|Al MacInnis 2007 Hall of Fame Class |
If you are a Calgary Flames fan, you know Chopper, aka Al MacInnis. For parts of 13 National Hockey League seasons the kid from Port Hood, Nova Scotia patrolled the Flames blueline, blasting his 100 mile an hour slapshot from the point.
It is fitting that MacInnis, who won the Stanley Cup with the Flames in 1989 while claiming the Conn Smythe Trophy as the Most Valuable Player in the finals, was inducted into the Hockey Hall of Fame in his first year of eligibility. In fact, he walks into the Hall of Fame with one of the best classes ever as he is joined by Scott Stevens, Mark Messier and Ron Francis in the class of 2007.
"It's just a thrill to be part of it," said MacInnis, who now works as vice president of hockey operations with the St. Louis Blues, where he finished his terrific 23-year career. "It's a privilege for me to be entering the Hall of Fame with this group of inductees."
MacInnis was also a Norris Trophy winner, a gold medal winner with Team Canada, a perennial all-star and winner of the NHL's hardest shot competition seven times.
He couldn't help but reflect back on those who helped his career blossom.
"When you reflect back, there's so many people to thank from family members to teammates to coaches to the teams that I've played for, the Calgary Flames and the St. Louis Blues," said MacInnis.
MacInnis turns 44 on July 11. He was traded from the Flames to the Blues in 1994 for Phil Housley and two second-round picks. MacInnis' career totals in 23 seasons include 340 goals and 1,274 points in 1,416 games, making him the third-highest scoring defenseman in history. MacInnis had his No. 2 retired by St. Louis last season.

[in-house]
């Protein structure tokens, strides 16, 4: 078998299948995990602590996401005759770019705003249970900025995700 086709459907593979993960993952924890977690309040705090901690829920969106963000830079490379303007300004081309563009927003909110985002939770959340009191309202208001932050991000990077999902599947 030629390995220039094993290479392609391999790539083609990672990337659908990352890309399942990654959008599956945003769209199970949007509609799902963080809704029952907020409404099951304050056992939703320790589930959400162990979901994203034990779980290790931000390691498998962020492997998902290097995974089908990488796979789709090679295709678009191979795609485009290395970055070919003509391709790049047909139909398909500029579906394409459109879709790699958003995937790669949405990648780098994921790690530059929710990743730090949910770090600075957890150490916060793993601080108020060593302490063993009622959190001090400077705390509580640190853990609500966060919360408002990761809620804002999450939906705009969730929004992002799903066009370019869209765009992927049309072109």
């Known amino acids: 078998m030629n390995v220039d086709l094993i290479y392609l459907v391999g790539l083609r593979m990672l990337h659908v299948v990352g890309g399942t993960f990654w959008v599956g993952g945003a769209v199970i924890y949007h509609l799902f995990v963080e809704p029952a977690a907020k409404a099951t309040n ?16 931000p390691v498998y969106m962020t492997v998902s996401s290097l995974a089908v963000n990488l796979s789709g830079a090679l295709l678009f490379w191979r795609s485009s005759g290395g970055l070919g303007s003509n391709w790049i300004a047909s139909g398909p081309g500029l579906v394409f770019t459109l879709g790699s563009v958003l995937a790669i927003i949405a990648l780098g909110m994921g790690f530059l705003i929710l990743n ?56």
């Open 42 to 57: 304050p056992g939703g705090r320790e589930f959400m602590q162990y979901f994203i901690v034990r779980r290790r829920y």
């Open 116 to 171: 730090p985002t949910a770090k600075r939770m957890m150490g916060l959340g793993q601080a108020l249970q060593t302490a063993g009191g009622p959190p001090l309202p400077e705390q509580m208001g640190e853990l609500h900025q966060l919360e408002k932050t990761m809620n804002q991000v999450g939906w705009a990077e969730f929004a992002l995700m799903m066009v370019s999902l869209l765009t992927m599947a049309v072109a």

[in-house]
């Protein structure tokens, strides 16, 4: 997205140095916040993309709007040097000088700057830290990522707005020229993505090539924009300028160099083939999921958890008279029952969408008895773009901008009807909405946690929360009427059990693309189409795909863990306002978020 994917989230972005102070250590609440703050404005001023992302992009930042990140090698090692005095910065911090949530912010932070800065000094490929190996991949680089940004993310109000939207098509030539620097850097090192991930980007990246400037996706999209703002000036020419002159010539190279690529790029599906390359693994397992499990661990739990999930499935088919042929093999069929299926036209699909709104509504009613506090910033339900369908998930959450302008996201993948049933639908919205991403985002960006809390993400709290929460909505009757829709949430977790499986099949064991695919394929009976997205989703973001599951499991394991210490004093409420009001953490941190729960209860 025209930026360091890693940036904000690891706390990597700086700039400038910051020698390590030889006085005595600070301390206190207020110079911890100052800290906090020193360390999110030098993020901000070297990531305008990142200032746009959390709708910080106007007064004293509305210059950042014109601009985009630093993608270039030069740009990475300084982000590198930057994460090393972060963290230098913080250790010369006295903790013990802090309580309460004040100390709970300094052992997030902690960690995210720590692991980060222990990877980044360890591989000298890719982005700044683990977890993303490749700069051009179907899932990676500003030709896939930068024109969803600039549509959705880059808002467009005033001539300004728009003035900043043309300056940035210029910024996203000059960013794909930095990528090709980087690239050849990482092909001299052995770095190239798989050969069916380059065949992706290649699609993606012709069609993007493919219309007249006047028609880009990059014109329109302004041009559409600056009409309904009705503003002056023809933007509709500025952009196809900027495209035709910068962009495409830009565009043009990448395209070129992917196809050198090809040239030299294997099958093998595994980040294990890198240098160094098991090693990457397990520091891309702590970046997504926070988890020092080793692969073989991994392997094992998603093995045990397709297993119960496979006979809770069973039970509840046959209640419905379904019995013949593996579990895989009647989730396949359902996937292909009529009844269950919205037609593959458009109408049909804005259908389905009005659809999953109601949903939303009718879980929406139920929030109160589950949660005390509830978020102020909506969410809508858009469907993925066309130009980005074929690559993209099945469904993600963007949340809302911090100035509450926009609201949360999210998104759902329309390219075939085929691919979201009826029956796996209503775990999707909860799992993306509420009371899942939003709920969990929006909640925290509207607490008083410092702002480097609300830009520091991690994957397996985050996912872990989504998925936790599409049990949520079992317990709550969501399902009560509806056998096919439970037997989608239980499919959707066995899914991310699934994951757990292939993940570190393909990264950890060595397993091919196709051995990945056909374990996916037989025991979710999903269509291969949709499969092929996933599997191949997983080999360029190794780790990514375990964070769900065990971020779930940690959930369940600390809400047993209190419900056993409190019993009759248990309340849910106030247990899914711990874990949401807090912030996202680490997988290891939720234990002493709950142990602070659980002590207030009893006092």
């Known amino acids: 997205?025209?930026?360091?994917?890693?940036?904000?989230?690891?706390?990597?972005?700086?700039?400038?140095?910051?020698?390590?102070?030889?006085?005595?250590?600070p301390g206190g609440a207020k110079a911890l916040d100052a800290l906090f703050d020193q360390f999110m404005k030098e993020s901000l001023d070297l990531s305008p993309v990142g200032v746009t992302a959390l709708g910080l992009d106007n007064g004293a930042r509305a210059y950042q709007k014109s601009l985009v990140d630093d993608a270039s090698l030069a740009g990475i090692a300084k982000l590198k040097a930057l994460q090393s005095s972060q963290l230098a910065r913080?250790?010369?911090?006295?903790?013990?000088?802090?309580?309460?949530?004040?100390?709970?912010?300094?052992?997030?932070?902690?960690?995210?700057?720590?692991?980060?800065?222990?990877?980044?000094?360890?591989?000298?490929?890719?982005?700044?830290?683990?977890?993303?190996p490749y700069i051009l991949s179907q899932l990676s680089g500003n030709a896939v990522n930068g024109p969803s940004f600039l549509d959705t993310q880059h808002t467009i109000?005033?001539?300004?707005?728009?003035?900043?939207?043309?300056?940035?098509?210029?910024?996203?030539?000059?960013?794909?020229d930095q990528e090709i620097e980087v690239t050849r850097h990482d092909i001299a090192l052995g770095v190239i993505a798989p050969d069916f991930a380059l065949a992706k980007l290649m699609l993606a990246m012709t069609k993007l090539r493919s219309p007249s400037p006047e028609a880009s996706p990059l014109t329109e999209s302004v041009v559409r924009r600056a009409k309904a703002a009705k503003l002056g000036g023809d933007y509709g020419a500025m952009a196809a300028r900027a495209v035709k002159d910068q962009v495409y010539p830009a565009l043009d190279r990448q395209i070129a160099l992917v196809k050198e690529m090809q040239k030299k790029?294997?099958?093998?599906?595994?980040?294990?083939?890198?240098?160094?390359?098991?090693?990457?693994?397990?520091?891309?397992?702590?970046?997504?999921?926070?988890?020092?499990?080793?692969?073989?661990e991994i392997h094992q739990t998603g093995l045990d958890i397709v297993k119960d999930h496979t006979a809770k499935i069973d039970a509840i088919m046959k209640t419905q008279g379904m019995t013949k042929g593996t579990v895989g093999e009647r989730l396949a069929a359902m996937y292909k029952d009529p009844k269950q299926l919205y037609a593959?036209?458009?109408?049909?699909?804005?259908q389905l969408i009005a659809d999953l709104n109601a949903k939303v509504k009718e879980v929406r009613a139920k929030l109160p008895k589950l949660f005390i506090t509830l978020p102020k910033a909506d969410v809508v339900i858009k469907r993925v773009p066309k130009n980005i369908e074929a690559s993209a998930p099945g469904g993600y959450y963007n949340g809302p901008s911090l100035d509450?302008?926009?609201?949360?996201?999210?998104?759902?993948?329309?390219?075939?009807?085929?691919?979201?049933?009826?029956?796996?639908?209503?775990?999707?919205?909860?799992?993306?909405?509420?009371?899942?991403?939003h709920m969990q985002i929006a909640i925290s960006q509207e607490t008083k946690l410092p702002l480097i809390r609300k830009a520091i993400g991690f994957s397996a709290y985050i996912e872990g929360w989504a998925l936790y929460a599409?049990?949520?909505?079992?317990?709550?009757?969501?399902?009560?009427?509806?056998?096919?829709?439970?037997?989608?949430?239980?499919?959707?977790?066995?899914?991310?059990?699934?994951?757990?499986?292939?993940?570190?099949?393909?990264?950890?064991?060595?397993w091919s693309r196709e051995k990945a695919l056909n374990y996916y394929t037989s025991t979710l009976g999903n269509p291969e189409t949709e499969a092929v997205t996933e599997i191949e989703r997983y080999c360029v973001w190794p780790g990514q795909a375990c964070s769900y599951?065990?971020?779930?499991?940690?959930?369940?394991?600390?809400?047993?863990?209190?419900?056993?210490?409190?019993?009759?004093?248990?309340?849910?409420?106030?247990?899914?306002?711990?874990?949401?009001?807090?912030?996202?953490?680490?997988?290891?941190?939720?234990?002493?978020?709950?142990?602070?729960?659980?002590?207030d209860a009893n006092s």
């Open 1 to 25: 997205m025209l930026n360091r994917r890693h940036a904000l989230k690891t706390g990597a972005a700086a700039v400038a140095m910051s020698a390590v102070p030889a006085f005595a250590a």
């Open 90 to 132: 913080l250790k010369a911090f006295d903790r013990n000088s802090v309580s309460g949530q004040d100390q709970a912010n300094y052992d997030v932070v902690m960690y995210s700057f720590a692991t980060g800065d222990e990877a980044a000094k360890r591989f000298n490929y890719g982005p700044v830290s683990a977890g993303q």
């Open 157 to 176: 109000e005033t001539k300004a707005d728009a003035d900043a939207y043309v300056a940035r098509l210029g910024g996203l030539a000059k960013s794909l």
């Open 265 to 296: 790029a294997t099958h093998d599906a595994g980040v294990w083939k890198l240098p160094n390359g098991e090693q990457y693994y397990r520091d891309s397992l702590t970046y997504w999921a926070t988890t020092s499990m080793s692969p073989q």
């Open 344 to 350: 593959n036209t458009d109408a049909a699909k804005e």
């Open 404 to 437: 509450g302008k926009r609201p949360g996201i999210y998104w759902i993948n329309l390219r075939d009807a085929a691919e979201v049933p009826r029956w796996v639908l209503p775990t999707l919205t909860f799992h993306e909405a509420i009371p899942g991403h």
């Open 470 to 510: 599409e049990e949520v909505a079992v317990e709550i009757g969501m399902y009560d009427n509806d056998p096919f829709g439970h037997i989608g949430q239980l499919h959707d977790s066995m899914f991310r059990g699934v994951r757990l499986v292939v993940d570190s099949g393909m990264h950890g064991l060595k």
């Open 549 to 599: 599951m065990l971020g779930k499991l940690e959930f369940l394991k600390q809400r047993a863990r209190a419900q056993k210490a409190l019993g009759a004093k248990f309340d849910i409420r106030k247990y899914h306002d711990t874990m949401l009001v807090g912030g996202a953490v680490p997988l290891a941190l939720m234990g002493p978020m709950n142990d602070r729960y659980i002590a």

He becomes the first Nova Scotian to enter the Hall of Fame, but he doesn't figure that will last long -- not with Sid the Kid on the way.
"I'm certainly proud of where I come from," said MacInnis, adding he had no idea he was the first Nova Scotia-born player to enter the Hall. "Obviously I am proud of that accomplishment and you know, with the players coming out of there today, the likes of Sidney Crosby, it's not going to last long. I actually told Sydney at the wards in Vacnouver last year that I was kind of upset because someone mentioned to me that I was maybe the top player that ever came out of Nova Scotia. I worked 23 years to get that and it ended after four months of Sydney Crosby being in the NHL. We got a good chuckle out of it."
MacInnis was never positive he would enter the Hall of Fame -- it's a long way from shooting pucks at the family barn in Port Hood, afterall.
"I guess probably not until near the end of my career. Starting out, obviously, in Calgary with Cliff Fletcher, the general manager had to be pretty patient with a junk defenceman who wasn't that great going in," said MacInnis. "But I think like any other player stepping into the National Hockey League you want to become the most complete player, the most consistent player you can be. I felt after a few years I did that and just as time goes on you get lucky enough to play on some great teams with some great teammates and you are able to put up some numbers and these guys help you accomplish a Stanley Cup and a few individual awards.
"I think just over time and the longevity, you know, you think near the end, well, this day might come but you never want to hold your breath."
MacInnis and Stevens were teammates in Kitchener when they played junior for the Rangers of the Ontario Hockey League. Now they will enter the Hall of Fame together at a ceremony on Nov. 12.
"Al, obviously, was always gifted offensively, even a big shot in Kitchener -- I can remember he was a big part of us winning the Memorial Cup. Al, he worked hard, he had to work hard for everything he has earned and that probably goes back to his background. But the way he developed quickly in all aspects of the game, the defensive part, the offensive part, he just really became an all around player and probably one of the best defencemen to ever play."